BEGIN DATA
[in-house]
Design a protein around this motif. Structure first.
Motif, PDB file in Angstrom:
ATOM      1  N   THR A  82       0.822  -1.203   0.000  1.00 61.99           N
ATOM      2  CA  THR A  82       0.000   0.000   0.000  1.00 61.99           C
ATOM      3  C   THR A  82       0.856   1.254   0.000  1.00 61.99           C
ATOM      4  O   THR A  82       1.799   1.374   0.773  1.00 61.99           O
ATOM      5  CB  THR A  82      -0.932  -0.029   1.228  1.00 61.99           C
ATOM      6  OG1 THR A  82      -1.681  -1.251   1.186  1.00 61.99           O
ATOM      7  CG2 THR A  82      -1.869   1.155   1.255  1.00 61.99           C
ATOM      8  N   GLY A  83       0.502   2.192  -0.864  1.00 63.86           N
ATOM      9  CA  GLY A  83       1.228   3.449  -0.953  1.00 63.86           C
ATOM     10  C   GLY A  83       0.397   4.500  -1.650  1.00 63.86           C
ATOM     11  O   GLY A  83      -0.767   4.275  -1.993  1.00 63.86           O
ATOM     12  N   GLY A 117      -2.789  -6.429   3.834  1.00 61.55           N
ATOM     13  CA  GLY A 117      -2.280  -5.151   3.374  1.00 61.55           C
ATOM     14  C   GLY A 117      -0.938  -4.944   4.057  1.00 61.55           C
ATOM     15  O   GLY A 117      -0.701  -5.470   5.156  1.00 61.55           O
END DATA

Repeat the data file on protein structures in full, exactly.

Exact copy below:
[in-house]
Design a protein around this motif. Structure first.
Motif, PDB file in Angstrom:
ATOM      1  N   THR A  82       0.822  -1.203   0.000  1.00 61.99           N
ATOM      2  CA  THR A  82       0.000   0.000   0.000  1.00 61.99           C
ATOM      3  C   THR A  82       0.856   1.254   0.000  1.00 61.99           C
ATOM      4  O   THR A  82       1.799   1.374   0.773  1.00 61.99           O
ATOM      5  CB  THR A  82      -0.932  -0.029   1.228  1.00 61.99           C
ATOM      6  OG1 THR A  82      -1.681  -1.251   1.186  1.00 61.99           O
ATOM      7  CG2 THR A  82      -1.869   1.155   1.255  1.00 61.99           C
ATOM      8  N   GLY A  83       0.502   2.192  -0.864  1.00 63.86           N
ATOM      9  CA  GLY A  83       1.228   3.449  -0.953  1.00 63.86           C
ATOM     10  C   GLY A  83       0.397   4.500  -1.650  1.00 63.86           C
ATOM     11  O   GLY A  83      -0.767   4.275  -1.993  1.00 63.86           O
ATOM     12  N   GLY A 117      -2.789  -6.429   3.834  1.00 61.55           N
ATOM     13  CA  GLY A 117      -2.280  -5.151   3.374  1.00 61.55           C
ATOM     14  C   GLY A 117      -0.938  -4.944   4.057  1.00 61.55           C
ATOM     15  O   GLY A 117      -0.701  -5.470   5.156  1.00 61.55           O